Now here’s the strongest argument yet to keep as to why there are fewer and fewer manufacturing jobs here in America.  If it were not for payroll taxes many more manufacturing jobs in America would have been saved.

While everybody was pointing fingers, blaming everyone but themselves for plant closings and lost jobs, you need not look further than, “it’s payroll taxes… (I’ll let you finish the sentence).”  Granted corporate greed is a factor here.  The problem is many large corporations are multi-national and feel the pressure from foreign competitors not burdened with the higher payroll taxes on workers.

Our government raised payroll taxes in April 1983.  The illustration here shows the investment US corporations began to make overseas according to PoliticalCalculations.com as “unintended consequences” of the payroll tax increase.

If you are a “for profit” company and it is your job to increase shareholder value, you are going to look for ways to lower your costs.  Increasing the payroll taxes on American workers was a major impetus to shift American manufacturing overseas.

We vote to place politicians in office to spend our tax dollars wisely.  They don’t.  On the other hand, we vote with our investment dollars to allow corporate “greed” to profit on the backs of American workers.  They do.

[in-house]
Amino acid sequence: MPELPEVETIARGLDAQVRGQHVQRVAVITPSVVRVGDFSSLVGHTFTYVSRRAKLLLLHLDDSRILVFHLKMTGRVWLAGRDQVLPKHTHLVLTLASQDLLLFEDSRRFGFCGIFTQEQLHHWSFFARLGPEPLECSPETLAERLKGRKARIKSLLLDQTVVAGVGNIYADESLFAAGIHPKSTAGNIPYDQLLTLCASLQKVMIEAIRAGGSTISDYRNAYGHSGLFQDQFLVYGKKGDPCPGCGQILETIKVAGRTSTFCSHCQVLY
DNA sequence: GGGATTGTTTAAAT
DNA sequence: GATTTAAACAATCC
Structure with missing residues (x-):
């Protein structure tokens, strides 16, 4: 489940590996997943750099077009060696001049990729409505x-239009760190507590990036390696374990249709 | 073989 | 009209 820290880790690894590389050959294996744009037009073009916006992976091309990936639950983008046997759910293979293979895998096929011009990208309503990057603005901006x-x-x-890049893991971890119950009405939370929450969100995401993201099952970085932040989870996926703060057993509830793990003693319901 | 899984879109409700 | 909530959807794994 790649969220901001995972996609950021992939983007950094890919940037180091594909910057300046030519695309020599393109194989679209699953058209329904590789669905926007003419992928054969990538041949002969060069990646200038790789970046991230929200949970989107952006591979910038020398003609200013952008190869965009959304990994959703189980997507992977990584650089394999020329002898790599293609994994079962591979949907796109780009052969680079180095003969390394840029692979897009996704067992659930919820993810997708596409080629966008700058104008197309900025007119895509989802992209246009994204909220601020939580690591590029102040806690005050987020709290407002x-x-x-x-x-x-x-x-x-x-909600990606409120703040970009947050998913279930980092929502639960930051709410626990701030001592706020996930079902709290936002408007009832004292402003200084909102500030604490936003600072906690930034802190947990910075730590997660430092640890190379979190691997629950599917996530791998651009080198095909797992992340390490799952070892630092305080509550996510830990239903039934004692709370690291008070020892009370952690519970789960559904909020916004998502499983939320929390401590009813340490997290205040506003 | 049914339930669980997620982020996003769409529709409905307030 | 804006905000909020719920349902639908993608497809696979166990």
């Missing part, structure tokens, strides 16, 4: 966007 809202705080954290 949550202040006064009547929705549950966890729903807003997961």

It’s time politicians wake up and reverse the course of lost manufacturing jobs by eliminating payroll taxes and adopting  the FairTax – see www.Fairtax.org.

Ultimately it is up to us as individuals to make the right choices.  This debt crisis is our wake-up call.  Let’s get back to our core values.  If you ask Reg it’s about God, family the desire to contribute his tremendous talent and work ethic to a company and a country “built to last.”

Made in the USA doesn’t have to be about politics or unions.  My good buddy Reg and many of those that have suffered the “unintended consequences” of increases in payroll taxes and lost  manufacturing jobs, will find no comfort here.

For more on Reg click here resume.

Livestrong Anyway!

Make no mistake about it, Lance Armstrong is no Mother Teresa!   If Lance is guilty of doping, what should we do?  Take away his bike? 

My message is less about Lance, the man and more about Lance, the messenger.

I am sure you have heard the expression, “Don’t shoot the messenger!”  Regardless of how you feel or think about the man, the message is clear, “Livestrong Anyway”.